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Carbon-14 Dating

National Museum of Denmark's carbon-14 dating equipment used for the first readings
National Museum of Denmark's
carbon-14 dating equipment used for
the first readings. Big picture
When at the discovery in 1950 the police saw the Tollund Man they realized right away that he was from prehistoric times, but they were not able to date him more precisely. When the specialists examined his last meal, they realized he had lived around the time of the birth of Christ. The kind of barley and a number of the other seeds that were in his last meal were very common around that time.

A few years after the discovery of the Tollund Man the scientists started using nuclear physics to date organic objects: wood, charcoal, bones, leather and similar objects. By the use of a Geiger counter they were able to measure the amount of radioactive carbon-14 that was left in the organic material.

While human beings - and other organisms - are alive they absorb carbon. Carbon comes in carbon-12, carbon-13 and carbon-14 where the latter is radioactive. When the organism dies, like the Tollund Man, the carbon-14 slowly disappears.

Today the dating process is done in a nuclear accelerator
Today the dating process is done in
a nuclear accelerator. Big picture
A small sample the size of a thumbnail was taken from the Tollund Man's body and used as the basis for the readings. Based on that it was possible to calculate that he died approximately 2,400 years ago.

At the dating laboratory of the National Museum of Denmark, where the carbon-14 datings are done, the scientists were also able to conclude that the Tollund Man wasn't very fond of eating fish, because if he had been there would have been more carbon-13 in his body. Your main source of carbon-13 is marine animals (fish, seals and web-footed birds).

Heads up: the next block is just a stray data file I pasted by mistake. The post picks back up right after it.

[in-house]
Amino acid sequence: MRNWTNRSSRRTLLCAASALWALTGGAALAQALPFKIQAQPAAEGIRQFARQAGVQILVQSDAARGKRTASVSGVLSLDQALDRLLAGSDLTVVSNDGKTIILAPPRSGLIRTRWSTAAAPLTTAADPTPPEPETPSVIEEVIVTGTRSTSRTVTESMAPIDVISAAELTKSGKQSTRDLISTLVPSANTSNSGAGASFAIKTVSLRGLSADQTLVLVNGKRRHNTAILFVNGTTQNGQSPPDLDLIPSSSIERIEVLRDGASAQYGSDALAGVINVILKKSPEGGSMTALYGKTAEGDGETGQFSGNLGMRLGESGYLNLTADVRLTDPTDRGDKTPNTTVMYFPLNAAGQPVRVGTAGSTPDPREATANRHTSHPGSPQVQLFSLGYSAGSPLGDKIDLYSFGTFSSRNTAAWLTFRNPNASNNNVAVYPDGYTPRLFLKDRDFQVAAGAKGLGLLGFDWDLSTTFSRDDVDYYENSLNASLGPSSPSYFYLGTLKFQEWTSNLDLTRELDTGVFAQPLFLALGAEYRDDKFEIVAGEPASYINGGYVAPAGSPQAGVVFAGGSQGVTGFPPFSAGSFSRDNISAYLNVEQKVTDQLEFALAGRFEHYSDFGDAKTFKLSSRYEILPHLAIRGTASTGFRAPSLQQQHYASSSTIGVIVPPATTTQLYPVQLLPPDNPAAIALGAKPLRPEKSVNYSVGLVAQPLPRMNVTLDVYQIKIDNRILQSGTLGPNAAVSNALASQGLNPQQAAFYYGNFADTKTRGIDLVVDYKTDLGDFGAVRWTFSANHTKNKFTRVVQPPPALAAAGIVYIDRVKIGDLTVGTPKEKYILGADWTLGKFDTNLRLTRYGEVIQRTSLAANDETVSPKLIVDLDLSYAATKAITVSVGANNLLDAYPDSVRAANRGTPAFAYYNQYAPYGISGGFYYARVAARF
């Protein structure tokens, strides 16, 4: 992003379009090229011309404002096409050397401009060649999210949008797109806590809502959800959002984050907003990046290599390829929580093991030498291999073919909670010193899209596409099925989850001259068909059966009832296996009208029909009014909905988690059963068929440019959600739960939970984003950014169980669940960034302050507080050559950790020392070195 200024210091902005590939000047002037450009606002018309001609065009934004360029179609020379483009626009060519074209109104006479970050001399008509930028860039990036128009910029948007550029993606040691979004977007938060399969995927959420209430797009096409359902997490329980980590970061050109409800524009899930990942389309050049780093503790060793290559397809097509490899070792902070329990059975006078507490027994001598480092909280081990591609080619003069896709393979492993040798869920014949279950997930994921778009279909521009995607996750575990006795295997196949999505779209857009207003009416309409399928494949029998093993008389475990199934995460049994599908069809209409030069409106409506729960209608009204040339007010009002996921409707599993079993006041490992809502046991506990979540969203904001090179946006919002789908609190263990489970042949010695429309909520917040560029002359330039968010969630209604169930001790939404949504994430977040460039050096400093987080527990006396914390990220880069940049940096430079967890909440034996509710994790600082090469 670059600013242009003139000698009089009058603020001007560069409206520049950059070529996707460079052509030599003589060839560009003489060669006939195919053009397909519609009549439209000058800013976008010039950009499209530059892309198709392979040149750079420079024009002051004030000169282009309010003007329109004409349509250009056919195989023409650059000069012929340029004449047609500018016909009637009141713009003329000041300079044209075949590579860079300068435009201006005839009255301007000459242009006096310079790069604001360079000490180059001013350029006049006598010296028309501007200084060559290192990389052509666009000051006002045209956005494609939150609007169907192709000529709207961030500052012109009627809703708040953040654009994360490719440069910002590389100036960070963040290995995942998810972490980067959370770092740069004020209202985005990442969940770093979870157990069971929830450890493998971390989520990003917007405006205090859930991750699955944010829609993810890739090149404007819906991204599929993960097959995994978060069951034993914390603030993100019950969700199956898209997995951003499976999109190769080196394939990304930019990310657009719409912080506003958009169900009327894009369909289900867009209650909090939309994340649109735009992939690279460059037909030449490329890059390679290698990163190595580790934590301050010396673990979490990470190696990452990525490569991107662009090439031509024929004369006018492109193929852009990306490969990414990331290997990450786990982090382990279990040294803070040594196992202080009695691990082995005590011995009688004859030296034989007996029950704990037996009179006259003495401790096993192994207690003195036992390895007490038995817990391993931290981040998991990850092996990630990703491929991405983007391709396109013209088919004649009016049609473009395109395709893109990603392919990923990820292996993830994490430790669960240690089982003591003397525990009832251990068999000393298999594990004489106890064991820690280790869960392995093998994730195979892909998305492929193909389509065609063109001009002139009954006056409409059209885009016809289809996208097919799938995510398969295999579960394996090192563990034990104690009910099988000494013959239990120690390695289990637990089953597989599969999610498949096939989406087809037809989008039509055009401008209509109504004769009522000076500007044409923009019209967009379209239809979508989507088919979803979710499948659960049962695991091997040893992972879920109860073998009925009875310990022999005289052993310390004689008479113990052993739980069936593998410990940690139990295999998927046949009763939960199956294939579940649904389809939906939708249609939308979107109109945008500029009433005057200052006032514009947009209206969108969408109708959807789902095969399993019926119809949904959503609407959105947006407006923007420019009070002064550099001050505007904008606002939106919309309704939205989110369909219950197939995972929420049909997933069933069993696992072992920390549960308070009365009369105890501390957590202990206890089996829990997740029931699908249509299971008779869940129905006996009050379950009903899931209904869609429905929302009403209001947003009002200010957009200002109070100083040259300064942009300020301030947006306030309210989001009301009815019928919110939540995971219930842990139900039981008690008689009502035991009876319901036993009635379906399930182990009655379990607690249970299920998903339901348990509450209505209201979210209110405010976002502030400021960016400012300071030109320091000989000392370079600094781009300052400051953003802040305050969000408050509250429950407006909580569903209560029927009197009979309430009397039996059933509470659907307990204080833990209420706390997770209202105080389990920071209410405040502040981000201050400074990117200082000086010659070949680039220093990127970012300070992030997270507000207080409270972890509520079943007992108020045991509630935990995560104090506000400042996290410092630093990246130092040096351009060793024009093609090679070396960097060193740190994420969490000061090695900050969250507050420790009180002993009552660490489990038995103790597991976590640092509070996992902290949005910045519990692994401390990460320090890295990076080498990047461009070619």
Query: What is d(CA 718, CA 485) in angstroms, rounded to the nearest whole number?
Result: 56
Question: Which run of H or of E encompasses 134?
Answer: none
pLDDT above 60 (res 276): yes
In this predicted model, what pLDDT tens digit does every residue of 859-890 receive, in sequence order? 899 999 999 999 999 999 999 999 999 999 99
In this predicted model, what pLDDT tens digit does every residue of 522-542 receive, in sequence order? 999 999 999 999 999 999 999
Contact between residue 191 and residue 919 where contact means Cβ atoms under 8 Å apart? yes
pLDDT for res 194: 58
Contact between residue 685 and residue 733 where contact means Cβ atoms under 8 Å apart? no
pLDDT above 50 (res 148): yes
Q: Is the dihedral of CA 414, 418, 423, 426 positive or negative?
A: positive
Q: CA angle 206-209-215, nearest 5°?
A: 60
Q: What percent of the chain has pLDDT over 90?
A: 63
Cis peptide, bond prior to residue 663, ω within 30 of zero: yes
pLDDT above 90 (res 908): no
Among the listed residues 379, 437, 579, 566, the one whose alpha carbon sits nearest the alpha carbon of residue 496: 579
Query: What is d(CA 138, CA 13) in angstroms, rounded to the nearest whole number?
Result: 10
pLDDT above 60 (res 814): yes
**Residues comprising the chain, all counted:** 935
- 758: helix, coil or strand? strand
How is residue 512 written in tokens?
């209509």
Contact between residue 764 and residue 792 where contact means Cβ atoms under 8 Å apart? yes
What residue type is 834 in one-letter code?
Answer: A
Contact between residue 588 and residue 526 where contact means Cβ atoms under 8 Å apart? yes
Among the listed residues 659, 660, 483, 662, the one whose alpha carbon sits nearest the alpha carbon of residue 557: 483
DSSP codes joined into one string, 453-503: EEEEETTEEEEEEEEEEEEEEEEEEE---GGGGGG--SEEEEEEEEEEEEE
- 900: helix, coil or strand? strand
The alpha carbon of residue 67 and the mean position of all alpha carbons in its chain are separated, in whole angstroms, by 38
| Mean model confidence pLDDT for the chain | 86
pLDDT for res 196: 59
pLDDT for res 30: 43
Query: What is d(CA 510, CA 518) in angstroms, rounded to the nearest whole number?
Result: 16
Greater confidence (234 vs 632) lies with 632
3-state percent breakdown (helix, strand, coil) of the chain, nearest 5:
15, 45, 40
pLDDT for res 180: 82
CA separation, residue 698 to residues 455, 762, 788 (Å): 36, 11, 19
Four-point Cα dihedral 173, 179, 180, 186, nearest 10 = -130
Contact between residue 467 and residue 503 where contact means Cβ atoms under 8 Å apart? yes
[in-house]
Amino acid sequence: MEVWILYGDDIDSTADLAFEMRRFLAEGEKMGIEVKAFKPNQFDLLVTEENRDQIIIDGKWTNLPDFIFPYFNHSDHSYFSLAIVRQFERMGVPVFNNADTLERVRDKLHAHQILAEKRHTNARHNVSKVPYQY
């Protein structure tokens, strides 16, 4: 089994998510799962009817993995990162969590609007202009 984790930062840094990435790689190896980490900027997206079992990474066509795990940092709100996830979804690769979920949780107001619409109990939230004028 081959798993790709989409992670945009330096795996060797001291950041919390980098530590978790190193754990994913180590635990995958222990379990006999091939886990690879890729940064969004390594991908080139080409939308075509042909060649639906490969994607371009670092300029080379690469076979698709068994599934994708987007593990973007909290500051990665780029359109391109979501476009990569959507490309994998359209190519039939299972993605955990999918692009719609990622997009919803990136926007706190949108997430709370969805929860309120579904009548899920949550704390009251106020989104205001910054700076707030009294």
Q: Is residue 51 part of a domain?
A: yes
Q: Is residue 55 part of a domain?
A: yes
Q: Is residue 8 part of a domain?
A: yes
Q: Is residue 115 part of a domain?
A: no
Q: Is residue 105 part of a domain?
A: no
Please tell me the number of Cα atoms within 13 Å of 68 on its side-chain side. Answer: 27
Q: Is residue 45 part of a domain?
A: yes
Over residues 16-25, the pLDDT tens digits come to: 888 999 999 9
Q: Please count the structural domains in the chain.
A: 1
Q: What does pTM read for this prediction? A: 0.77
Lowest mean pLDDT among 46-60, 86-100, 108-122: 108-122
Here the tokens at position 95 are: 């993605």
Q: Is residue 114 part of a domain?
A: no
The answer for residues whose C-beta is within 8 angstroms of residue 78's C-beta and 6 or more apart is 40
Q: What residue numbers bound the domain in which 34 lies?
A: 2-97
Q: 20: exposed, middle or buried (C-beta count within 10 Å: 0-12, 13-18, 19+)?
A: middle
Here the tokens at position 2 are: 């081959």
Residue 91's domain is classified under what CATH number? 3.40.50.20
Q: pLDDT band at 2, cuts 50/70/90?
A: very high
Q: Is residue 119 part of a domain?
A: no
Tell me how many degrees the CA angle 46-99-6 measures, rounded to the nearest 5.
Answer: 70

In order to reach the most precise dating of the Tollund Man, several tests were done and as a result of that we are able to say with great certainty that he was hanged 3-400 years before the birth of Christ.

 Related Stories
Excavation at the National Museum of Denmark

Excavation at the National Museum of Denmark
After the box containing the Tollund Man had been opened carefully...

Autopsy and X-rays
A forensic examiner examined him as if he was the victim of a murder...

Finger-prints
The finger-prints were well-preserved and are among the oldest in the world...

Examination of the stomach contents
The alimentary canal, which is the stomach and the intestines, was removed...

Latest research: CT-scanning
The latest technology can reveal secrets and provide us with new information...

Preservation of the Tollund Man
When the Tollund Man was discovered in 1950, the Danish scientists had never before been faced with the task of preserving a bog body...

 
  More Info
When did he die?
The carbon-14 dating method has been used several times...



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